I once saw an interview with Josh Mandel, a great adventure game designer who worked at Sierra during its heyday.
Most Sierra games (like Quest for Glory 1 and 2) used the old “text parser” interface, leftover from the text adventure games. I had always wondered why Sierra stuck with this old interface for so long, considering that LucasArts (and others) had shown how good “point and click” was. Watching the interview I got my answer – Mandel (and presumably others at Sierra) hated point & click.
When I heard that, I thought he was crazy. Anyone who’s played Maniac Mansion, Monkey Island, heck even Tass Times in Tonetown, knows that even early point & click was a far cry better than playing “guess the verb” in Zork.
Now I’ve played Quest for Glory III, and I suspect the entire game was a brainwashing exercise to try and get people to agree with Mandel. And in a sense, it’s really quite impressive – because QfG3 takes this simplistic, flexible, tried and true interface and stuffs it up.
Imagine playing a point and click where you can’t tell what you’re clicking on, or what items on a screen can be interacted with AND you can’t reliably tell the difference between the command for “please stand on the edge of the screen” and “LEAVE THIS F—ING SHOP NOW YOU BASTARD”. Well imagine no longer – welcome to Quest for Glory III. The game that sent me to a walkthrough not because I couldn’t solve its puzzles, but because I couldn’t solve its f—ing interface.
I’m going to assume that anyone reading this has a passing knowledge of the Quest for Glory series. But quickly – it’s an adventure/RPG/punch-out hybrid where you choose one of three classes (thief/wizard/warrior) and each class has different skills that allow each puzzle to be solved in different ways. You can read the earlier reviews here and here.
I felt that this “three solutions to every problem” angle was diluted somewhat in number 2, but now it’s almost completely out the window because the developers couldn’t be bothered figuring out how to use a thief in the African savannah. You can play as a thief, but you’d better be prepared to save-scum to avoid combat. So really there’s two answers to every problem – warrior and wizard. Technically there’s a fourth class, Paladin, but it’s functionally the same as warrior except combat is a bit easier. Wheee.
Combat is much the same as the earlier games – a poor-man’s Punch-Out except using RPG stats to figure out if you successfully dodge or hit. I’ve never really spoken about the combat in QfG before, but I’ve found in all games that as an arcade sequence it’s not that good. It’s quite hard to figure out when an enemy is dodging or attacking, I’ve always found it easier to just keep pressing “slash” (or “fireball” if you’re a wizard). It worked in the earlier games, it works in Quest for Glory III, and it’s still not much fun.
But what about the puzzles? Sierra made some excellent adventure/puzzle games, surely they got that bit right? Well, no. A depressing amount of the puzzles can only be solved once certain arbitrary events occur. For example, a lot of the game is locked out until some African tribesman capture a “leopardman” prisoner. What makes that event occur? Well I’ve played the game three times through now, and I have no bleeding idea. It’s just an arbitrary event you’re given no foreshadowing of, and one you could easily miss considering there’s no reason for you to return to the village other than “random wandering around becaue I’m stuck”.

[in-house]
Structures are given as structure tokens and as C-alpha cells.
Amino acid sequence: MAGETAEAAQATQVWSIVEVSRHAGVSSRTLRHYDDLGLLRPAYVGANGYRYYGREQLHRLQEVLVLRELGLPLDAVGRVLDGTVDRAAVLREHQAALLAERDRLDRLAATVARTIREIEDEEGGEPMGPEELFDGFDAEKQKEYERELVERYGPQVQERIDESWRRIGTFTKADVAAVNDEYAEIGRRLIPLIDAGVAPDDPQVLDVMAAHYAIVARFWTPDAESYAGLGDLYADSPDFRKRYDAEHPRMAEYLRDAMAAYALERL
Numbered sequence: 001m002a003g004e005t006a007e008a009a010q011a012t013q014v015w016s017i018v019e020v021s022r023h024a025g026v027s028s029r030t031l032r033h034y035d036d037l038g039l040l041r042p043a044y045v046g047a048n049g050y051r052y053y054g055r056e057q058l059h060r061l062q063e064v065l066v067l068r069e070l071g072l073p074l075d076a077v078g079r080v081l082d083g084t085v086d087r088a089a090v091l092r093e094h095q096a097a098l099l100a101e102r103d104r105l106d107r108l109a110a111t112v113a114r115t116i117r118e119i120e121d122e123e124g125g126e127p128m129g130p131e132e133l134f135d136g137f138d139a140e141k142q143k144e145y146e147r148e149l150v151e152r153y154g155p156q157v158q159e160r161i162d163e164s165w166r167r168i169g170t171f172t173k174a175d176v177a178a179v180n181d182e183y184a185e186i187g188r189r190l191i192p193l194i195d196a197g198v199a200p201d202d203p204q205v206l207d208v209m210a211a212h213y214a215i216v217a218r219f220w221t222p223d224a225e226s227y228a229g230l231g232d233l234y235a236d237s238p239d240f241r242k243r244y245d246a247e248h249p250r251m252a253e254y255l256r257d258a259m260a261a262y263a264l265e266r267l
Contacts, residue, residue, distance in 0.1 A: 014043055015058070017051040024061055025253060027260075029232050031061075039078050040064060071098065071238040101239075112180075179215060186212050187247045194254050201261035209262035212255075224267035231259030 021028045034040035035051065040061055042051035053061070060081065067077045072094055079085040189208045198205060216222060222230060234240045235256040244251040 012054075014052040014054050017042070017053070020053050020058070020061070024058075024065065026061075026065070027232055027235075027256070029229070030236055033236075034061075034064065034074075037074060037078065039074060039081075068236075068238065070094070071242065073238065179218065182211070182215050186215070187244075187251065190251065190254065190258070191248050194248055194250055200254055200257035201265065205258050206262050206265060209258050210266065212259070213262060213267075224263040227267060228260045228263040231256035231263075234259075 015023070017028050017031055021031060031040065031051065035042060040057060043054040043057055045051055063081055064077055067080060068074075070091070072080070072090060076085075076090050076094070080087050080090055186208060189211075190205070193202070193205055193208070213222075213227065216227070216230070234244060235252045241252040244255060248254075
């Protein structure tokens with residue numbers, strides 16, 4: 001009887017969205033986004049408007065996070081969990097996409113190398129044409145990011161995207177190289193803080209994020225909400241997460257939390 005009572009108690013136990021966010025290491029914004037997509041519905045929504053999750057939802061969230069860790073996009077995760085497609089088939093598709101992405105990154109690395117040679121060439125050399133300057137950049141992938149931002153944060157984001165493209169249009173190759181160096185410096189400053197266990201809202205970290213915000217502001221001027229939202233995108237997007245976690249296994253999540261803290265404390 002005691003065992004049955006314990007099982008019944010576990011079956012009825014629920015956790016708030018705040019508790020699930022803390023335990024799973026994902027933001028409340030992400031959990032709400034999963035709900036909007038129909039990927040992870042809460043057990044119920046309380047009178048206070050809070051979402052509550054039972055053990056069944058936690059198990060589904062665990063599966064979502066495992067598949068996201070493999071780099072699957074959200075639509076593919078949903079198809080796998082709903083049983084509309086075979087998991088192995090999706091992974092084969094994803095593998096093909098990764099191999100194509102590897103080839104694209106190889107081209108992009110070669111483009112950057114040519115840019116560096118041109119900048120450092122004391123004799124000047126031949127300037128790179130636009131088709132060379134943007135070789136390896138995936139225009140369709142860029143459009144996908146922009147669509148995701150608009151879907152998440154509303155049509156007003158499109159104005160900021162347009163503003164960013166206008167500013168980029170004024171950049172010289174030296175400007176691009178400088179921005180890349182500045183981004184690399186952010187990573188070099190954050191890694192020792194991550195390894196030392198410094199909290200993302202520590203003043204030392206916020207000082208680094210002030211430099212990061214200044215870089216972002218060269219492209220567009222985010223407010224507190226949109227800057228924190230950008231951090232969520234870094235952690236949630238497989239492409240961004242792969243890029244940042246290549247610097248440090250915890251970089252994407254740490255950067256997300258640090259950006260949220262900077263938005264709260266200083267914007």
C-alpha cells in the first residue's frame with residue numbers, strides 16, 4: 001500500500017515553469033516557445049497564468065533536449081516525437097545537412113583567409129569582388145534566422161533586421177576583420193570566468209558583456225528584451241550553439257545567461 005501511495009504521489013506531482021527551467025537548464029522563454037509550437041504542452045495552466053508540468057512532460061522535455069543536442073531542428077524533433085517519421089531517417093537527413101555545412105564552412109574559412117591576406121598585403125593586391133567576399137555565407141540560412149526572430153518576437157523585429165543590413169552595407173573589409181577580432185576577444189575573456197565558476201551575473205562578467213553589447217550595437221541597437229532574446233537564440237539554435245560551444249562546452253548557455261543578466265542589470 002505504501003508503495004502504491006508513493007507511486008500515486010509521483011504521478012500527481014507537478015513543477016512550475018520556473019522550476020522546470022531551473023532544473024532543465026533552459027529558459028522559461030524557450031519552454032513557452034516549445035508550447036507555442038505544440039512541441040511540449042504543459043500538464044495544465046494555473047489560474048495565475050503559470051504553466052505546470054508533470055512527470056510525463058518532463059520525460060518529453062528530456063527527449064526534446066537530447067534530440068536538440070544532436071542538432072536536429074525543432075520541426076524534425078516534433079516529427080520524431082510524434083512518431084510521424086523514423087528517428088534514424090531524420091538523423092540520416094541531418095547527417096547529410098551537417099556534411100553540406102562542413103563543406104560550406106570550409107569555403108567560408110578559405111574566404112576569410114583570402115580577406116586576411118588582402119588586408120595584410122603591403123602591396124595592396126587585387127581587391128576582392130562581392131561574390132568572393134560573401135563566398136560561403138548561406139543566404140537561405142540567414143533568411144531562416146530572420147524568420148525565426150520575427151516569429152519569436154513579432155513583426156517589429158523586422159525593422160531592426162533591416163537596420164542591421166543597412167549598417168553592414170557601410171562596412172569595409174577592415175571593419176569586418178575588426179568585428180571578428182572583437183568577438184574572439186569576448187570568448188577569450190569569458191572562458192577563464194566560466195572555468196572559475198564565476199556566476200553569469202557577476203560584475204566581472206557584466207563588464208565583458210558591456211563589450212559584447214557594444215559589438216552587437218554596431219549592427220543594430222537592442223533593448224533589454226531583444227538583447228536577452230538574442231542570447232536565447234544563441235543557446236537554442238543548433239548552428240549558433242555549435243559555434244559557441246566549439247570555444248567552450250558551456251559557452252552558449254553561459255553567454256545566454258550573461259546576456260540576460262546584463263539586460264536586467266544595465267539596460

Sure, Quest for Glory III has a brand new engine and a significant graphics upgrade. Yes, its art and sound direction does vividly bring to life the lands of “Tarna” and “Fricana”, and yes, they’re marked improvement on earlier efforts. Apparently this game was quite well received at the time, and I suspect most players were blinded by these factors.
The trademark humour is still there, and it’s still pretty good. I particularly got a kick out of some of the then-current references that many modern gamers wouldn’t get, but that’s obviously just the nostalgia talking.
But as an adventure game? It’s probably the worst I’ve played for a long time.
I’ll close this short review (probably the shortest on this whole site) with an explanation of the “interface puzzle” that sent me trawling through the internet for answers. So I was right at the end of the game, and I’d brought the magical McGuffin to the King, and all I needed to do was say “here’s your McGuffin”. So, naturally, I clicked the “talk” icon and then clicked on the King; the way I’d been interacting with NPCs the entire game.
When I did this, it showed up a list of things I could say to the King, none of which was “here’s your McGuffin”. I tried each dialogue option – nothing. I tried talking to other NPCs – nothing. I tried giving him the McGuffin – nope. I tried giving the McGuffin to every other NPC – nope. I tried every item in my inventory on the King – nuh-uh.
I had to click “talk” on myself. I don’t think I would have figured that one out for a long, long time.
Release date: 1992
Purchase date: 12 September 2014 (via GOG)
Complete date: April 2019
Time spent: Approx 25 hours
Lead designers: Lori Ann Cole and Corey Cole
Developer: Sierra On-line
Publisher: Sierra On-line
Recommended for: The nostalgic.
Not recommended for: Anyone else. Play the original Quest for Glory instead, it’s a lot better.